- Canadian fuel efficiency company DynaCert gears up for commercial deployment; sets its sights on telematics and climate financing.
- If successful, DynaCert would be one of the first companies to be issued carbon credits based on fuel efficiency technology in the diesel trucking industry.
After spending 16 years and CA$60 million developing its carbon emissions reduction technology, Canadian company DynaCert (TSE: DYA) is ready to scale, seeking to grow its presence with two decidedly modern-day offerings: telematics and the sale of carbon credits.
The company’s technology is currently used in more than 400 vehicles in trial runs that are nearing completion, Executive Vice President Jean-Pierre Colin told FreightWaves.
Targeting the heavy-duty trucking market, DynaCert sells to 40 dealers around the world. In August it reopened (following the COVID shutdown) an upgraded and upsized semi-automated plant in Toronto, with capacity to produce 72,000 units per year.
“That gives you an idea how optimistic we are,” Colin said.
Capitalizing on the diesel transition
Founded in 2001, DynaCert is riding a wave of interest in technologies that can reduce emissions from diesel-powered vehicles. (The company won approval this summer to list its shares on the Toronto Stock Exchange.)
While zero-emission electric trucks grab headlines, millions of trucks still run on diesel. As a result, a growing number of companies, established businesses and startups alike are targeting the transition period, when fossil fuel-powered trucks are still on the road but must reduce emissions to meet increasingly strict government pollution regulations as well as customer sustainability requirements.
DynaCert’s contribution is HydraGen, a product that combines hydrogen and oxygen on demand through electrolysis, enabling it to deliver hydrogen into the air intake of internal combustion engines. This leads to up to 19% fuel savings, the company asserts, while reducing the carbon footprint by up to 50%.
In 2019 DynaCert launched its first software product, HydraLitica, monitoring fuel savings tied to HydraGen. Building on that platform, it announced recently other telematics services such as fleet management, route planning, driver safety and load management.
DynaCert currently is “polishing” those dashboards, according to Colin, which will be offered as a service.
The climate financing connection
As industry ramps up clean vehicle technology offerings and regulators crack down on pollution, the environmental financing sector is poised to take advantage.
Tesla (NASDAQ: TSLA), for example, generated $428 million in revenue from the sale of zero-emission regulatory credits during the second quarter of 2020, and the sale of those credits is responsible for the company’s three-quarter profitability streak this year.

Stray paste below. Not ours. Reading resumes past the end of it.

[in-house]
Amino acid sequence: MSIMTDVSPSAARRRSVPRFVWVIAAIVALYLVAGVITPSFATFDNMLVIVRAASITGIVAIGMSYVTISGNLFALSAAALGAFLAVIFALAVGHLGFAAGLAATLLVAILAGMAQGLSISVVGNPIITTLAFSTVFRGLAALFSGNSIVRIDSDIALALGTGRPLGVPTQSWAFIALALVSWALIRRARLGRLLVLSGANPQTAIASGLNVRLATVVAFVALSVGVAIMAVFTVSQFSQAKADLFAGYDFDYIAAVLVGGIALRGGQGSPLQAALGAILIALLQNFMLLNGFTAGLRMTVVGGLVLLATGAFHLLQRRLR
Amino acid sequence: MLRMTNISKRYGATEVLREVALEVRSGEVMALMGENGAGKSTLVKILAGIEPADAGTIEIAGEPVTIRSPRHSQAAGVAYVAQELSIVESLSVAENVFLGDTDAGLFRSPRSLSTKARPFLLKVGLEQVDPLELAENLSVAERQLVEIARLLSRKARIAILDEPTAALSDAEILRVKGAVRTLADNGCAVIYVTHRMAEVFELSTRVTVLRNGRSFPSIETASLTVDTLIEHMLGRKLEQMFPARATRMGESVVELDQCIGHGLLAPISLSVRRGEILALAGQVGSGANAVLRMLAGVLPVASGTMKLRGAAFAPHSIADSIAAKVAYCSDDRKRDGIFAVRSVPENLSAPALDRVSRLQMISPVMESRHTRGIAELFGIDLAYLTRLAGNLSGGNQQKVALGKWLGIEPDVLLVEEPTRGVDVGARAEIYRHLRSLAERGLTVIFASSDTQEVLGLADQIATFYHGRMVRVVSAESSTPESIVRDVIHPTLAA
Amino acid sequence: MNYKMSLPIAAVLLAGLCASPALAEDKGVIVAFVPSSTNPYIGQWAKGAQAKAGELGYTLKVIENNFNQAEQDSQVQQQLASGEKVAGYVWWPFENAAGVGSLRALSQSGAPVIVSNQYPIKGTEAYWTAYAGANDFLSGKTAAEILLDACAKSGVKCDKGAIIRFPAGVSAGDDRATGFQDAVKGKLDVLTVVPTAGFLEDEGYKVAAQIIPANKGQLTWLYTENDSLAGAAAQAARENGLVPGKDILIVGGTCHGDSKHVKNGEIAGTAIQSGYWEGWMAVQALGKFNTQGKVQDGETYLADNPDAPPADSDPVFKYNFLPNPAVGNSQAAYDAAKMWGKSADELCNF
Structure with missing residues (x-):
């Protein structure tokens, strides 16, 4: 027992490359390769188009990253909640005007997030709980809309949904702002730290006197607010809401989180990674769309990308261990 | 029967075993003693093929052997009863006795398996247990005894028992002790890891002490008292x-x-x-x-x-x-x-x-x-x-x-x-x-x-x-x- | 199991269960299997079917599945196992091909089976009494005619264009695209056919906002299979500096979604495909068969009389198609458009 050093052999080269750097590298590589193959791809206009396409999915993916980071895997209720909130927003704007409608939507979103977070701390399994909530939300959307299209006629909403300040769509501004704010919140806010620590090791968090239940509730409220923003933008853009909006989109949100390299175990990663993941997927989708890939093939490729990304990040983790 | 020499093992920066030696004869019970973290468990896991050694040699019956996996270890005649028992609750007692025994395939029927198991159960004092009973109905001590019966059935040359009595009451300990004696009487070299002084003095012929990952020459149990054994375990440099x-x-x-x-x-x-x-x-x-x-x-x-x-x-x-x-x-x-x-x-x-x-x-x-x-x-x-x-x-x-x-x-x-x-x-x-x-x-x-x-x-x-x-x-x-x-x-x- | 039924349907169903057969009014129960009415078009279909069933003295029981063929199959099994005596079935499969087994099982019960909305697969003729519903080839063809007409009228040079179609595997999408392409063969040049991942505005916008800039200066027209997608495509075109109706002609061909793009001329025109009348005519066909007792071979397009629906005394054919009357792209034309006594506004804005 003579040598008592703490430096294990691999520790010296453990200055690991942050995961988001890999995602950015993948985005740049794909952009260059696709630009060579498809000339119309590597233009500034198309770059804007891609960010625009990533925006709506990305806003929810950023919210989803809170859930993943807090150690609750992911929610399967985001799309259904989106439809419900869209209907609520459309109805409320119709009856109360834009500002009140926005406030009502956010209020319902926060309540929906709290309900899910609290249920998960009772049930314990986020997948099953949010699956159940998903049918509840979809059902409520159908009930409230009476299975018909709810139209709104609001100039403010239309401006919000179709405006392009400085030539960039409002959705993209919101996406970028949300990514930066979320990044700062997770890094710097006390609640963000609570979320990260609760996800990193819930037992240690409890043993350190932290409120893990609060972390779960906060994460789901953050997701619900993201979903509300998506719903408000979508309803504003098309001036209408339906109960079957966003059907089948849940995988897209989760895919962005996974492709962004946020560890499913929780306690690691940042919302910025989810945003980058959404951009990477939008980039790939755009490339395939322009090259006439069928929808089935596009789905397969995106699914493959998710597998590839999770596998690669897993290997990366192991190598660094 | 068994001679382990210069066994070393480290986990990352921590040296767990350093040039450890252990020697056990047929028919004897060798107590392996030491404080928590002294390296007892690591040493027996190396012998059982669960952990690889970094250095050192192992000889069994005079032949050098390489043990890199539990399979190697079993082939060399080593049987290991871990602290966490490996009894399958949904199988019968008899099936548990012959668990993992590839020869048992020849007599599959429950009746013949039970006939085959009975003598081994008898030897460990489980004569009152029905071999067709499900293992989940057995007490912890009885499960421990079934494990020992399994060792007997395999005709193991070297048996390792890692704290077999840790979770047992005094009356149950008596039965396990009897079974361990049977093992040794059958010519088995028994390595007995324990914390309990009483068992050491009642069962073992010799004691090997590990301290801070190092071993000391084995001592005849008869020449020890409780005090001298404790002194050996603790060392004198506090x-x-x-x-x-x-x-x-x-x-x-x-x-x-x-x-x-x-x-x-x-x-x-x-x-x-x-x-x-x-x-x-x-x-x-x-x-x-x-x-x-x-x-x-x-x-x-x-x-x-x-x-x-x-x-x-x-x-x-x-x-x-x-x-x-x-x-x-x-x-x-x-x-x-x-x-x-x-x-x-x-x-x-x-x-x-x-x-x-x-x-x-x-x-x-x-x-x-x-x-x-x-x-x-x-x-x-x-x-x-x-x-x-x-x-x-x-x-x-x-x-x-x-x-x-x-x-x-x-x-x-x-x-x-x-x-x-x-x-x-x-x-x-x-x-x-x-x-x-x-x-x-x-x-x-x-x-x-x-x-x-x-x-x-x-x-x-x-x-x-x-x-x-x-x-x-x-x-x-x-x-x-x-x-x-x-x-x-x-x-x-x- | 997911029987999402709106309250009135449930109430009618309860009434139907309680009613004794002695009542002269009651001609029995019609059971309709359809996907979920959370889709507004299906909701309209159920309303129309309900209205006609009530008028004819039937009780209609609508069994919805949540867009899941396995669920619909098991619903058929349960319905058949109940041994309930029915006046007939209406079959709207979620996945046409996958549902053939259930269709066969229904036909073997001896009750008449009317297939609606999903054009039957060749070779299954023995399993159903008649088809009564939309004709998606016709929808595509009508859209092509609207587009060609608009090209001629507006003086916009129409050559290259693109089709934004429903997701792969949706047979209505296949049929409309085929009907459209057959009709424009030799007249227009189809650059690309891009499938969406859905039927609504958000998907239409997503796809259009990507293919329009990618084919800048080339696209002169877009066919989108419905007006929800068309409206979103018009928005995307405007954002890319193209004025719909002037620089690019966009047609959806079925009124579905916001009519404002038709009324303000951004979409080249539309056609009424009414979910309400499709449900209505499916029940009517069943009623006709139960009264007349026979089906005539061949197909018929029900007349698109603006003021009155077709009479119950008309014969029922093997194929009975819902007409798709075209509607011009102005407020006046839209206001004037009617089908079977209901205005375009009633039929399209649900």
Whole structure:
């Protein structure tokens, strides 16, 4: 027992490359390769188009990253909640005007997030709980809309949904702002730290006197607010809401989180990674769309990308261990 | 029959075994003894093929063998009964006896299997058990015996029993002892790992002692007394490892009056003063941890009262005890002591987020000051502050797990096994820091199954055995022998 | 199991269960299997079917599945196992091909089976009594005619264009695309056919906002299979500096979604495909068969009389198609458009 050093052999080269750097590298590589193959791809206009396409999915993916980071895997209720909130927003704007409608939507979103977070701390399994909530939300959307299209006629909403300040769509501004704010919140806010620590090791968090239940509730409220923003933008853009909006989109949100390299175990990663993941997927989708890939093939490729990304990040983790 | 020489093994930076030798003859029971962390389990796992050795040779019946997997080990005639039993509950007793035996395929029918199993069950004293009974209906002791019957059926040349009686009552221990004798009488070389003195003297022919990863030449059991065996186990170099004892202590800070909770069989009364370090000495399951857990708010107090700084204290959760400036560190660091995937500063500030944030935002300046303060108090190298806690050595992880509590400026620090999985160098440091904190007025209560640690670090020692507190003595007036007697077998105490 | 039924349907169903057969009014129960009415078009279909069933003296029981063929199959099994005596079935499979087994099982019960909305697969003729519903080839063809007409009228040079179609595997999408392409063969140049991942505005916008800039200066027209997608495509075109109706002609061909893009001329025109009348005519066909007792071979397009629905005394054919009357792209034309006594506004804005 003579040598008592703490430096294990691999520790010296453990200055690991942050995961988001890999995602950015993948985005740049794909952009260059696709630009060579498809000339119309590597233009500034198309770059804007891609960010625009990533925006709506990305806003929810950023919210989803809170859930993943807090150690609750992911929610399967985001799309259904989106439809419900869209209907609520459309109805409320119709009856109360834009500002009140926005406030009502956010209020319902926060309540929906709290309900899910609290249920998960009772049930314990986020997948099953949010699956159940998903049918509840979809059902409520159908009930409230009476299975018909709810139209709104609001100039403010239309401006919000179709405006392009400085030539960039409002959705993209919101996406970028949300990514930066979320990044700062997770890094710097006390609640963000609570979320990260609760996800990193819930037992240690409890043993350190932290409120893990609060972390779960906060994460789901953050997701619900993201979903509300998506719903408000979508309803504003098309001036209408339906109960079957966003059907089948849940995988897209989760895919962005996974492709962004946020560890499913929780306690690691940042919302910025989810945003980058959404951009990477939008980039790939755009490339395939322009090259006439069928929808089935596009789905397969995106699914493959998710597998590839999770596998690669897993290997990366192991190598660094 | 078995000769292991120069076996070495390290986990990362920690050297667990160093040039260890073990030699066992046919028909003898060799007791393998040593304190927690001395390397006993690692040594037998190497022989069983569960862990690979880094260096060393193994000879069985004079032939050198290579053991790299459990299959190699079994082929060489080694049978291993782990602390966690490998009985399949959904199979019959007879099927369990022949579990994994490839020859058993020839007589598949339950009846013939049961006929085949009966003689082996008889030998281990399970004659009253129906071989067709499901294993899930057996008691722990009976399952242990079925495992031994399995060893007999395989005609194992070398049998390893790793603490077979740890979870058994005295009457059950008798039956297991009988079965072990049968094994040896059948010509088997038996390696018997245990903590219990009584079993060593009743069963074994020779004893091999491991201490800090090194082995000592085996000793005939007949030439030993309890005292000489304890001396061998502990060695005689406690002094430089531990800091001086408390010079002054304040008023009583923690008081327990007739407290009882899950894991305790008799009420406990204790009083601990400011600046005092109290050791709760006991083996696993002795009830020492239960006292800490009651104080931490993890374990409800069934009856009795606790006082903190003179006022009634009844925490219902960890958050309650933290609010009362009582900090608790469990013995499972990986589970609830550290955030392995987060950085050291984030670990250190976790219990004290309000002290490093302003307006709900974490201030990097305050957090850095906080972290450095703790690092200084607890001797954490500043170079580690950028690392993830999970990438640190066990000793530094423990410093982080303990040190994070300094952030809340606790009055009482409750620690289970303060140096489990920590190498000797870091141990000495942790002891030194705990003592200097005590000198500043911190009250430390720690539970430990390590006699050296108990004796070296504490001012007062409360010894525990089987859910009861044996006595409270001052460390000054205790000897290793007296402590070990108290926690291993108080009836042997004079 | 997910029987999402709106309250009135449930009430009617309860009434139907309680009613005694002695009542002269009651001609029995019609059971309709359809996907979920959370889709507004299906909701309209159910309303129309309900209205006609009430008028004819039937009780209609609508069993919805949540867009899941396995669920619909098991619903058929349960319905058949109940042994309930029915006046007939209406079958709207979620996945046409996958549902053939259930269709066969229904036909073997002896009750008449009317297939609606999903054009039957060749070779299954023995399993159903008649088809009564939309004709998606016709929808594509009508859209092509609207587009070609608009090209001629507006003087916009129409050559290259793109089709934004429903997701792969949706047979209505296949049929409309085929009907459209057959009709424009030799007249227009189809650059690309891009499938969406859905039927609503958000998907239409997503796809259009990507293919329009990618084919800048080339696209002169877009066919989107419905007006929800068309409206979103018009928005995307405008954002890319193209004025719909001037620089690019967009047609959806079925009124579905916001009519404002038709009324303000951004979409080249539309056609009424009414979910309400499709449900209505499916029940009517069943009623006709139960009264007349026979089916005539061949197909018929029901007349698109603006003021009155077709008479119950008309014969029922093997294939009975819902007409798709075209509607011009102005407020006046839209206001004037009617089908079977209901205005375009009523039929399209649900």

DynaCert hopes to take advantage of a different environmental credit market: carbon offsets, in which companies can trade credits generated from projects that reduce carbon emissions to entities that need the credits to comply with regulations or to meet their corporate sustainability requirements.
About a year ago, DynaCert applied to Verra, a Washington-based organization that ensures projects applying for credits demonstrably reduce emissions. Once projects have been certified, the company can be issued tradable GHG credits known as Verified Carbon Units (VCUs) to be sold on the open market.
Going after the carbon markets is a smart move, according to some analysts.
In his latest research note, Darrell Bishop, head of research at Haywood Securities, reiterated his earlier bullish stance on DynaCert, saying “there is a vast market opportunity in front of dynaCERT given that there are approximately 1 billion internal combustion engines operating globally, with another 100 million being built annually.”
The company is “also primed to seize additional upside from the capture of carbon credits and software licensing – what we see as a high-value recurring revenue stream for the company,” Bishop wrote.
Other clean vehicle experts were more cautious in their assessment.
Simon Mui, deputy director of the Natural Resources Defense Council clean vehicles and fuel group, said he had never heard of fuel efficiency used as a carbon offset.
That kind of tech would seemingly be better suited to meet regulatory mandates, such as California’s low NOx or fuel economy regulations, he told FreightWaves.
Verra has never before issued credits based on fuel-efficiency technology, a spokesperson said, and Colin himself admitted generating credits from HydraGen was a relatively novel and challenging enterprise. But he seemed confident of the project’s ultimate success.
The company is using its telematics services to document fuel and carbon savings, he said, and has retained experts from Apple Pay and PayPal to establish the audit trail.
“This is about as foolproof as it gets,” said Colin.
A long-haul truck can generate up to CA$3,000 in carbon credits, he elaborated, and “we hope we are going to have hundreds of thousands of trucks saving fuel around the world.”
DynaCert’s plan is to share that revenue with fleets 50-50, according to Colin.